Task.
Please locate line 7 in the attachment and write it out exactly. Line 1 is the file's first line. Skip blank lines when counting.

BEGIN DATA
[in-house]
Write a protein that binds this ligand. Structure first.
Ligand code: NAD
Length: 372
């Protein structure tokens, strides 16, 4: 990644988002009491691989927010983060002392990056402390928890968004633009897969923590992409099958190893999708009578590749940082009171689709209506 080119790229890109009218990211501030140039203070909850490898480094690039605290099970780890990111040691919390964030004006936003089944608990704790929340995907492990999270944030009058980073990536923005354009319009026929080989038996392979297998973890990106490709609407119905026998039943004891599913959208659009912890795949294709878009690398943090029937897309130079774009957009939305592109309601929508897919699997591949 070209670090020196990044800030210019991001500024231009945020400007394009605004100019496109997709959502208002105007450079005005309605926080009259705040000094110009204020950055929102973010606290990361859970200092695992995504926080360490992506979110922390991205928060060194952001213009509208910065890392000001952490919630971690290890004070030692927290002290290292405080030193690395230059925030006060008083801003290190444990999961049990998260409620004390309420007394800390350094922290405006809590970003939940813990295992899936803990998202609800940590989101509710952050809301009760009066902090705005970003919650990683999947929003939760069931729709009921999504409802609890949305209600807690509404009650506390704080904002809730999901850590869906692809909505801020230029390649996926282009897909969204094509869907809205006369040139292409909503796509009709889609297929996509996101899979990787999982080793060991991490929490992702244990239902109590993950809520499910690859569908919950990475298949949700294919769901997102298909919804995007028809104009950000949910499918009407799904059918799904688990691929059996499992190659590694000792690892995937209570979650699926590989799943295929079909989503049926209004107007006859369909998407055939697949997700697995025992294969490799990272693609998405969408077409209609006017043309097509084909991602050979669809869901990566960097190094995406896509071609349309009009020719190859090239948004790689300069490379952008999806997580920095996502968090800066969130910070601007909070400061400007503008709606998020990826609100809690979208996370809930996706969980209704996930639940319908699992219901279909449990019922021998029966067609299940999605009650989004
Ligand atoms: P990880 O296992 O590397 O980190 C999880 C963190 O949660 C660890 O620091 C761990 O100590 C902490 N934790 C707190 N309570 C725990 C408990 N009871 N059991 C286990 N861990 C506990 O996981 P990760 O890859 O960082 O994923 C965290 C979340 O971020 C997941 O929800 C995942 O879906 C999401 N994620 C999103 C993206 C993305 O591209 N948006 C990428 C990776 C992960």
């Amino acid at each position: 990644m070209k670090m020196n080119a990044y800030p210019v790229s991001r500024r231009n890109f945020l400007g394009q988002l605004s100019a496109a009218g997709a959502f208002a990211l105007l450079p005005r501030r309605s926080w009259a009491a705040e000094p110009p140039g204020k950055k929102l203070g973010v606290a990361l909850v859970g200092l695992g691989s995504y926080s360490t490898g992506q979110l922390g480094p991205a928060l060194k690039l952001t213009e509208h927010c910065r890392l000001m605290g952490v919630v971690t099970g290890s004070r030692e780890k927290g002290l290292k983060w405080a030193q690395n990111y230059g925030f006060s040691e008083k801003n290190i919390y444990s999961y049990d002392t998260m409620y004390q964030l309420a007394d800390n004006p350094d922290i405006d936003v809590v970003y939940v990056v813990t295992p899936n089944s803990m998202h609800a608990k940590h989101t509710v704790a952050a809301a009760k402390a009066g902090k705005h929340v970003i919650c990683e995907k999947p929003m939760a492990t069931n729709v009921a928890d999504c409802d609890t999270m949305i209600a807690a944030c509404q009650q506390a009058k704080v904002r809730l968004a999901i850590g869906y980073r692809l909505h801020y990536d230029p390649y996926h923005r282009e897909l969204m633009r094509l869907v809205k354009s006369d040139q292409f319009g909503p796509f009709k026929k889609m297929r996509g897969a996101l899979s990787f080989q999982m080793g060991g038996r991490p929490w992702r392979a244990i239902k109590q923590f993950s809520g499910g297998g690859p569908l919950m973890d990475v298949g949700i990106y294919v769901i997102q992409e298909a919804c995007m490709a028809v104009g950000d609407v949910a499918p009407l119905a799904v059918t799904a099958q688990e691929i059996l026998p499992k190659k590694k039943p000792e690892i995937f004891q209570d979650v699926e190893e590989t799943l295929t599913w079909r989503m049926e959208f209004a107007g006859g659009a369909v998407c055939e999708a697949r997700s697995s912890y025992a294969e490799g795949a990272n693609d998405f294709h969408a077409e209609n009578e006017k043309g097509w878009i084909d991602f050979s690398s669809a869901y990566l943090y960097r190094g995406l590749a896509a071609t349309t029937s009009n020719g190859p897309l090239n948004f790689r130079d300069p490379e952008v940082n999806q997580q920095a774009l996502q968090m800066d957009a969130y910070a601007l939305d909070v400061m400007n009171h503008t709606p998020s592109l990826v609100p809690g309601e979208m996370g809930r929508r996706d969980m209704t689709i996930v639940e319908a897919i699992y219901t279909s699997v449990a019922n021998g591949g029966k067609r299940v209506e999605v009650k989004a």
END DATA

């Amino acid at each position: 990644m070209k670090m020196n080119a990044y800030p210019v790229s991001r500024r231009n890109f945020l400007g394009q988002l605004s100019a496109a009218g997709a959502f208002a990211l105007l450079p005005r501030r309605s926080w009259a009491a705040e000094p110009p140039g204020k950055k929102l203070g973010v606290a990361l909850v859970g200092l695992g691989s995504y926080s360490t490898g992506q979110l922390g480094p991205a928060l060194k690039l952001t213009e509208h927010c910065r890392l000001m605290g952490v919630v971690t099970g290890s004070r030692e780890k927290g002290l290292k983060w405080a030193q690395n990111y230059g925030f006060s040691e008083k801003n290190i919390y444990s999961y049990d002392t998260m409620y004390q964030l309420a007394d800390n004006p350094d922290i405006d936003v809590v970003y939940v990056v813990t295992p899936n089944s803990m998202h609800a608990k940590h989101t509710v704790a952050a809301a009760k402390a009066g902090k705005h929340v970003i919650c990683e995907k999947p929003m939760a492990t069931n729709v009921a928890d999504c409802d609890t999270m949305i209600a807690a944030c509404q009650q506390a009058k704080v904002r809730l968004a999901i850590g869906y980073r692809l909505h801020y990536d230029p390649y996926h923005r282009e897909l969204m633009r094509l869907v809205k354009s006369d040139q292409f319009g909503p796509f009709k026929k889609m297929r996509g897969a996101l899979s990787f080989q999982m080793g060991g038996r991490p929490w992702r392979a244990i239902k109590q923590f993950s809520g499910g297998g690859p569908l919950m973890d990475v298949g949700i990106y294919v769901i997102q992409e298909a919804c995007m490709a028809v104009g950000d609407v949910a499918p009407l119905a799904v059918t799904a099958q688990e691929i059996l026998p499992k190659k590694k039943p000792e690892i995937f004891q209570d979650v699926e190893e590989t799943l295929t599913w079909r989503m049926e959208f209004a107007g006859g659009a369909v998407c055939e999708a697949r997700s697995s912890y025992a294969e490799g795949a990272n693609d998405f294709h969408a077409e209609n009578e006017k043309g097509w878009i084909d991602f050979s690398s669809a869901y990566l943090y960097r190094g995406l590749a896509a071609t349309t029937s009009n020719g190859p897309l090239n948004f790689r130079d300069p490379e952008v940082n999806q997580q920095a774009l996502q968090m800066d957009a969130y910070a601007l939305d909070v400061m400007n009171h503008t709606p998020s592109l990826v609100p809690g309601e979208m996370g809930r929508r996706d969980m209704t689709i996930v639940e319908a897919i699992y219901t279909s699997v449990a019922n021998g591949g029966k067609r299940v209506e999605v009650k989004a």